Whistleblower Case Alleging Unlicensed Medical Care in Corrections to Proceed

A Middle District of Pennsylvania judge declined to dismiss a case Tuesday brought by a former administrator turned whistleblower against MHM Health Professionals (MHM), the provider of psychiatric services for mentally ill prisoners on behalf of the Pennsylvania Department of Corrections (PDOC).

She brought the suit on grounds that the defendant unlawfully terminated the plaintiff after she reported to the public that MHM mandated the administrative staff to operate as physicians, forcing the practice of unlawful medicine. She also said the company required the staff to spy on competitors in order to get insider information useful in ensuring that MHM retained its current corrections contracts, despite delivering subpar medical care to prisoners.

The whistleblower claimed that the defendant acted wrongly by “providing inadequate hours and quality of treatment, understaffing medical providers, and overmedicating certain prisoners to such an extent that one soiled himself and required hospitalization.” In addition, the plaintiff continued, when the issues were reported to the management at MHM, the superiors not only failed to act on the grievances but also subsequently tasked the plaintiff, who was hired by MHM to review contracts, to oversee the medical care of the prisoners and to alter the records when said physicians failed to deliver appropriate care. When the plaintiff refused to engage in the alleged unlawful practice of medicine nor the bidding espionage, MHM terminated the plaintiff. 

The plaintiff asserted that her termination violated the Pennsylvania Whistleblower Act (PWA), which generally prohibits the termination of an employee by a public body solely for reporting wrongdoing. PWA states that “(n)o (public body) may discharge.. an employee…because the employee… makes a good faith report or is about to report, verbally or in writing, to the employer or appropriate authority an instance of wrongdoing….” The act further defines a public body to include “any other body…which is funded in any amount by or through (the state of Pennsylvania).”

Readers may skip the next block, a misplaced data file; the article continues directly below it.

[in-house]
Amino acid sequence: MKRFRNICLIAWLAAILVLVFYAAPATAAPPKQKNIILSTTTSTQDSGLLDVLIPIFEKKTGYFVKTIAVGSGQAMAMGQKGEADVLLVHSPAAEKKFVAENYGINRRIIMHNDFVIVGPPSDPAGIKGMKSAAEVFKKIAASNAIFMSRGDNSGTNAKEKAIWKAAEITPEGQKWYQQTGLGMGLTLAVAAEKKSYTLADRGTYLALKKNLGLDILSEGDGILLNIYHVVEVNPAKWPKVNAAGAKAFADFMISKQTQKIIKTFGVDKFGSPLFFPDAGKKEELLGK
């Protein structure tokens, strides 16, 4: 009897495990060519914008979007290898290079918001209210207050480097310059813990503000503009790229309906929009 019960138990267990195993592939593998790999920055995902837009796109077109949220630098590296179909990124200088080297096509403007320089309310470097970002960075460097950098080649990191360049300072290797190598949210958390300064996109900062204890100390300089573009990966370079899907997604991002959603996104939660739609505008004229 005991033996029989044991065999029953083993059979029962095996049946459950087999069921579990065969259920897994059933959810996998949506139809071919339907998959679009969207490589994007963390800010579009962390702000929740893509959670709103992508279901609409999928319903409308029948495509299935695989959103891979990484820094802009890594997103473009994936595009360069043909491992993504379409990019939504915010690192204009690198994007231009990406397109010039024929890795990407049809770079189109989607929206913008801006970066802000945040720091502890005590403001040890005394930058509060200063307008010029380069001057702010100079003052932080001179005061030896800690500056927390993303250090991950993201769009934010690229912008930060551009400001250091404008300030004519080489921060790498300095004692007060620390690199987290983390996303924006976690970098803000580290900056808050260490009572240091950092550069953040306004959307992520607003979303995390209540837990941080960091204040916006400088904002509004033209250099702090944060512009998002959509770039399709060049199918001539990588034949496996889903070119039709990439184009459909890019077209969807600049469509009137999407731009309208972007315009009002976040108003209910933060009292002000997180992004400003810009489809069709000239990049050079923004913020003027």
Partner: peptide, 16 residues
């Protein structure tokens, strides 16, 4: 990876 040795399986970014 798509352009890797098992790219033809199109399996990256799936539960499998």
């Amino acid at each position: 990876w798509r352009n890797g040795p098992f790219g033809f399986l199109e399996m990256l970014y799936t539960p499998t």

Given these definitions, the opinion explained, the defendant argued that the plaintiff’s claim must be dismissed as the defendant, a private company contracting with the PDOC, failed to qualify as a public body. 

The court disagreed, holding that precedent from Pennsylvania state courts defined a public body to be any entity funded by money from the state, writing that “the statutory definition of public body for purposes of the (PWA) includes…private entities which receive funding in any amount (from) the Commonwealth.” Judge Sylvia H. Rambo did note that federal district courts had reached different outcomes as to what it means to be a public body, but explained that state court decisions supersede federal district court opinions on areas involving the interpretation of state law. 

The plaintiff is represented by CGA Law Firm.